I fundamentally disagree. That was a secondary requirement. There were more documents than the Declaration of Independence that shaped and formulated our country. And while many like to cuddle and embrace with the ideals of Locke and amplified by Jefferson, the largest part of the independence movement had far more to do with business, taxation, and resistance to Britain’s new found necessity of proximal presence.

The Treaty of Paris, which marked the end of the French and Indian War, granted Britain large amounts of territories west of their existing colonies. In addition, the colonies themselves had already begun to set their sights on expanding their western boundaries; at the expense of their current tenants, the Native Americans.

So the idea of justice and fairness is a bit suspect. But let me continue.

Quite a bit of Colonial blood had been shed to fight the French and Indians. And after this fight it becomes readily apparent that this war has been extremely costly to Britain. Part of the British colonial burden so to speak. The Seven Years’ War had been an economic engine for the colonies, especially Boston, New York, and Philadelphia. Like all war time economies, they dry up and a recession follows. That leads to levying additional taxes. The taxes initially asked of the American colonists were lower than those asked of mainland English citizens.

However, the idea of being thwarted from moving westward, the economic turndown, the increase of taxes, and emerging British policies would exacerbate the situation. The revenue raised from taxing the colonies was to pay down their war debt.
However, the newly blooded militias and colonial leadership as Americans had a different emerging disposition. What was the purpose of maintaining garrisons if the threat of the French was dissipated?
Clearly it wasn’t a human rights issue. Perhaps it was the British coming to understand that the colonies, armed, ambitious, and hungry for expansion may grow to be a problem.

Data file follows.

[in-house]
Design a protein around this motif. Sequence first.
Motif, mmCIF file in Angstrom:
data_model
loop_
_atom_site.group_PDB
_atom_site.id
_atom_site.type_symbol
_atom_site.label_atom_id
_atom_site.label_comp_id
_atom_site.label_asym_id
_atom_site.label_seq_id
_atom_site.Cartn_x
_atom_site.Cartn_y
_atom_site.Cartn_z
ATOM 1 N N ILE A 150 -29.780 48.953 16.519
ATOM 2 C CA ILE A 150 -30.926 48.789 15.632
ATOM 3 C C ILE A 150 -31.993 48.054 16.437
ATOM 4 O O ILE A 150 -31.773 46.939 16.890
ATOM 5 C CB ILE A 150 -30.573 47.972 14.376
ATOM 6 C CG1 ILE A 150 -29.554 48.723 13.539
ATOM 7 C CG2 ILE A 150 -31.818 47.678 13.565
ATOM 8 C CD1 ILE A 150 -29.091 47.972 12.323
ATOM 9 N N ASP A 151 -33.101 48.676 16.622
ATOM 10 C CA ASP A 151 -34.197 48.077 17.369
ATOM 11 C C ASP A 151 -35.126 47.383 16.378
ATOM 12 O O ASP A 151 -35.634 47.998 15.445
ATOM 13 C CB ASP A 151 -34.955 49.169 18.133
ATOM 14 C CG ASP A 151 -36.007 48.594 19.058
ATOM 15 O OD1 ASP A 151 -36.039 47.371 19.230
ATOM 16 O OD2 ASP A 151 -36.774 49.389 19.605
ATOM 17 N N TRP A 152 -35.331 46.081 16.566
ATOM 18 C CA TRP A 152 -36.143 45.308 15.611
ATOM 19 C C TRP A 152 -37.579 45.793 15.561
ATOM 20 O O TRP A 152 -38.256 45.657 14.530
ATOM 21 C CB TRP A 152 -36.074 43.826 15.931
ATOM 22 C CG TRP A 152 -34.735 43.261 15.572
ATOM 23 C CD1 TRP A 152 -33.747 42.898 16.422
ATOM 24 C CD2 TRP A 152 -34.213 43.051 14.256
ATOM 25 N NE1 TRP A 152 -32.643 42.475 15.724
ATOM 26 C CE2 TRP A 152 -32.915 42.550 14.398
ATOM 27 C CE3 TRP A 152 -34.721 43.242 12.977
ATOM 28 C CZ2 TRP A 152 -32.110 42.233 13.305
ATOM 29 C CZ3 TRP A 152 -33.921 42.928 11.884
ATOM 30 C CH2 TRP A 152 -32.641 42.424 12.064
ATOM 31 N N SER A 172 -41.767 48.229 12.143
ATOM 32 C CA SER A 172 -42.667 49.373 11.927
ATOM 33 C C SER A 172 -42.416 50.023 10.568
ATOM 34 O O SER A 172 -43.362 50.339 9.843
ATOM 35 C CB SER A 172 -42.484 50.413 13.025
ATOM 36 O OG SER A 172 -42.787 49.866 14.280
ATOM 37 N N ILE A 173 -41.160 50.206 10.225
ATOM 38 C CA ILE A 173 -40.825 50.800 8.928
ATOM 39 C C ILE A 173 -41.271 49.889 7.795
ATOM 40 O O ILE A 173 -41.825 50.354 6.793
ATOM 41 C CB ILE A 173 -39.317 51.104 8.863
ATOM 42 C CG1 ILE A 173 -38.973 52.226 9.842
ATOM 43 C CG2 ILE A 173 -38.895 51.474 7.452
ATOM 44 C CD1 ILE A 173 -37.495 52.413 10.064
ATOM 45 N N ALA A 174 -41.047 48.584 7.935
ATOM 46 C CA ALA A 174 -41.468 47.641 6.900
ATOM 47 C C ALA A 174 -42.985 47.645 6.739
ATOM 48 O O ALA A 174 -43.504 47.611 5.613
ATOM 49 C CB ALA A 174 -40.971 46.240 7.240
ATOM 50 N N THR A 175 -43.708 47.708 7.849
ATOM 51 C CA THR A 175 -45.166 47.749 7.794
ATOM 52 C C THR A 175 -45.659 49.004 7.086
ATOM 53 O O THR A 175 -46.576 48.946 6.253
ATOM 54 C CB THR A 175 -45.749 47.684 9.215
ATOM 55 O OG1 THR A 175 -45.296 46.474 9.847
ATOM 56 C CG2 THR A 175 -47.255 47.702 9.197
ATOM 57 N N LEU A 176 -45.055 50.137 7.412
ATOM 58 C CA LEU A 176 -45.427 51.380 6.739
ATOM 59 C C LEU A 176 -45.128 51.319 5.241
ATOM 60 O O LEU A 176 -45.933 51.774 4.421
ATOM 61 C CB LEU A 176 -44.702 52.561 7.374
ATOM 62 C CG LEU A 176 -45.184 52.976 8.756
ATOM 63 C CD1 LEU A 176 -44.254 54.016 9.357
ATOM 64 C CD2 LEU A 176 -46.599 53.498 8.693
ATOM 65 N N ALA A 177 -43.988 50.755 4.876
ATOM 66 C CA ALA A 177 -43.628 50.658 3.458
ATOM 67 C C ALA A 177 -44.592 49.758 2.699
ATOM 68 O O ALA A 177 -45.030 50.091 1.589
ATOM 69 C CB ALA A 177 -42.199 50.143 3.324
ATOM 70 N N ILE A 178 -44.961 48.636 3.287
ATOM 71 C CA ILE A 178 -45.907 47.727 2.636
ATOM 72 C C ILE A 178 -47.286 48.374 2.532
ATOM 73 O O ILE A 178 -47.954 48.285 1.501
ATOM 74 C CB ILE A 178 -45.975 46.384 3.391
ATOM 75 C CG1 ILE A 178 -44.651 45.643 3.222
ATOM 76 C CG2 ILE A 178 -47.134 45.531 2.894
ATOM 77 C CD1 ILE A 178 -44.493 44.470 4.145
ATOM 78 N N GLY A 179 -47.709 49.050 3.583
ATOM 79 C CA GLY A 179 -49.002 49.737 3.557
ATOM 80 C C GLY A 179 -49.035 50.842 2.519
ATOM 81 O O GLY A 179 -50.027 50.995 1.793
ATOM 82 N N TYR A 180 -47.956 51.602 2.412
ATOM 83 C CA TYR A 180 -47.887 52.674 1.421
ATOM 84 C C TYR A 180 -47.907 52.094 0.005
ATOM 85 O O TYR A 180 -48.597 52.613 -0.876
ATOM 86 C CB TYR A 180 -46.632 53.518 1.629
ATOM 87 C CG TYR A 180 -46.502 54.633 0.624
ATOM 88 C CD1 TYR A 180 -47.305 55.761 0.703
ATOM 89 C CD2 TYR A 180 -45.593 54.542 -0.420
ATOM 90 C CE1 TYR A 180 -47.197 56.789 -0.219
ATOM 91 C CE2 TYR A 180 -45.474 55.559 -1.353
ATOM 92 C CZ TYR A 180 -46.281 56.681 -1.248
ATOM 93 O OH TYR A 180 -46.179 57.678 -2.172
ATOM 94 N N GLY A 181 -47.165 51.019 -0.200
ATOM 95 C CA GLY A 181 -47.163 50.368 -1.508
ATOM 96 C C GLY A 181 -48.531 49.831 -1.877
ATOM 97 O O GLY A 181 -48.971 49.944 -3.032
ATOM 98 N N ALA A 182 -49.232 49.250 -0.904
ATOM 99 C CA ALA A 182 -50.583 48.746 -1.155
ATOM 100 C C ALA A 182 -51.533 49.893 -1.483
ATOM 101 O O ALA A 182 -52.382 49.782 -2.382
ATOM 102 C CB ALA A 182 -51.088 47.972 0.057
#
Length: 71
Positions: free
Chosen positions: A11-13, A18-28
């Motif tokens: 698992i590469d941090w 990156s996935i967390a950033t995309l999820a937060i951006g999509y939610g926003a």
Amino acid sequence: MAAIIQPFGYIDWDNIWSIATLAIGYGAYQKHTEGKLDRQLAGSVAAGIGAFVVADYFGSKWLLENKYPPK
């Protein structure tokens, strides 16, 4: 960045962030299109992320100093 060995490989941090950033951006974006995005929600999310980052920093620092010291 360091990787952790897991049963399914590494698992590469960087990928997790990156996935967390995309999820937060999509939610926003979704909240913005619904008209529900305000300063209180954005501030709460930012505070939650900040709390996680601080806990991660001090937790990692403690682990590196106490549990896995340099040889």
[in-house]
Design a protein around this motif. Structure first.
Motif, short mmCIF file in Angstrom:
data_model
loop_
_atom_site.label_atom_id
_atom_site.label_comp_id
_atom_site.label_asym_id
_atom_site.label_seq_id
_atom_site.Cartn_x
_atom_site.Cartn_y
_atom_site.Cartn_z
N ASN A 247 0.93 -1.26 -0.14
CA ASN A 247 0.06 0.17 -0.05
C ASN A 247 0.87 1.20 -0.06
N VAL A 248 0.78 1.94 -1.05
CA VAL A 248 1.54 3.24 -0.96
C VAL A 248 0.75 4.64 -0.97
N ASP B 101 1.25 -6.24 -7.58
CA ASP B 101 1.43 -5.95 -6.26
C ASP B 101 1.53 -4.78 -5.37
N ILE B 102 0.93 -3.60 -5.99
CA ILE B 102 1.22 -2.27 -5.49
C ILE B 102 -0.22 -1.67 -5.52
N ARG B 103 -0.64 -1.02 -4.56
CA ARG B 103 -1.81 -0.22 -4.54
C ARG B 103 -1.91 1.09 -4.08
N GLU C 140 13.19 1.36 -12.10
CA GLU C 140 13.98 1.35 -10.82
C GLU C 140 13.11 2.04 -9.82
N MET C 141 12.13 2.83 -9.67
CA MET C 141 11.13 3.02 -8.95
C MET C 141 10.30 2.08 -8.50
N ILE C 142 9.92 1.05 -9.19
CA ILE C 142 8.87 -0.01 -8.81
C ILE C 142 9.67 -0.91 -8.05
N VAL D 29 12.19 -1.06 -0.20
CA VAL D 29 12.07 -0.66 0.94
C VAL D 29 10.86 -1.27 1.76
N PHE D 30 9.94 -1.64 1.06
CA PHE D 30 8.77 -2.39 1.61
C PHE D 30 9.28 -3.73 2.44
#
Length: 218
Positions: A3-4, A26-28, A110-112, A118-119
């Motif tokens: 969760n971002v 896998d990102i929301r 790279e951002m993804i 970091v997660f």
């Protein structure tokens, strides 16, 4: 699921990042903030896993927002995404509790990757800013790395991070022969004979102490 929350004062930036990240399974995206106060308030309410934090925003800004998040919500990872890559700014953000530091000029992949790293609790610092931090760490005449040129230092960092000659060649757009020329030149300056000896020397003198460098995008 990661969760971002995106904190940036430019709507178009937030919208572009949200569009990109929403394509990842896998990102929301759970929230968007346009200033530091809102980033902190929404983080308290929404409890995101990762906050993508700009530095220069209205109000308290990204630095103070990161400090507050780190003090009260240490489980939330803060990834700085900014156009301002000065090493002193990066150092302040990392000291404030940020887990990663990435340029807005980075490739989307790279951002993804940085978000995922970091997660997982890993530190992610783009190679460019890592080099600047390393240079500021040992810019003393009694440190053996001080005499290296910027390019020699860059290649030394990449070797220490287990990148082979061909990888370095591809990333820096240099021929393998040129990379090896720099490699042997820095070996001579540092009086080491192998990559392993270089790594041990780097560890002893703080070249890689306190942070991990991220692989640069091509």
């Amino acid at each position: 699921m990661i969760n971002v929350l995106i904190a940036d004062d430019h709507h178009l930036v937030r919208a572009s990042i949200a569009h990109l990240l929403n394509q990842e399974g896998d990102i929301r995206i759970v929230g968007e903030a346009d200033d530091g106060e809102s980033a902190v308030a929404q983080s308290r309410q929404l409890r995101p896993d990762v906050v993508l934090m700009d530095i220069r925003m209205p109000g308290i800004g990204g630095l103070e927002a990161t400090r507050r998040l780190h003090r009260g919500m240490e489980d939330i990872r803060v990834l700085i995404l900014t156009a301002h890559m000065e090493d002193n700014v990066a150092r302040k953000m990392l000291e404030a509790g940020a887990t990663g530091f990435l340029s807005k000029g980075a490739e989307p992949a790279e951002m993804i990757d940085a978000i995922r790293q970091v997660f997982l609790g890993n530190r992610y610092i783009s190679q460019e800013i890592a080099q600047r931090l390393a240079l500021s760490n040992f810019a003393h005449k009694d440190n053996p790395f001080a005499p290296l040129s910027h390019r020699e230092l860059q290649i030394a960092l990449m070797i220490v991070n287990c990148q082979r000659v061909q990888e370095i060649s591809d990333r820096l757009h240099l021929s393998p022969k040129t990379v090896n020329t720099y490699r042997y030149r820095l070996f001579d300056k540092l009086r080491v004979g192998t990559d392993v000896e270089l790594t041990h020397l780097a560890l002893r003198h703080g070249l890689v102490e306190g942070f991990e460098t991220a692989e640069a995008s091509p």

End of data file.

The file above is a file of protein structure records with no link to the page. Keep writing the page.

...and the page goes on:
So, starting in 1765, different factions of colonial society began to reject the authority of the British Parliament. They rejected the authority to tax the colonies without any representatives in the government, and resisted with increasing vigor the British attempts to collect duties on goods such as sugar and molasses that for many years had gone uncollected through widespread smuggling by colonists. The desire to define “freedom” and “fairness” would emerge after.

The opposition of the Stamp Act, a taxation measure designed to raise revenues for a standing British army in America and the Quartering Act (which required the American colonies to provide food and shelter for British troops) were hotly denounced and infuriated the colonial assemblies. This in turn enflamed anti British sentiment as it was affecting business.

Men like Patrick Otis, Samuel Adams, and John Hancock saw significant impact on their revenue streams and…saw the British as overly oppressive.

Finally the tea act pushed the hostilities into conflict. So while it would be nice to assume that America was founded fundamentally on the ideas of equality and representative government and/or some very basic notions of justice and fairness the facts or more appropriately the inferred historical interpretation makes the idea that the initial motivation for declaring independence was economic.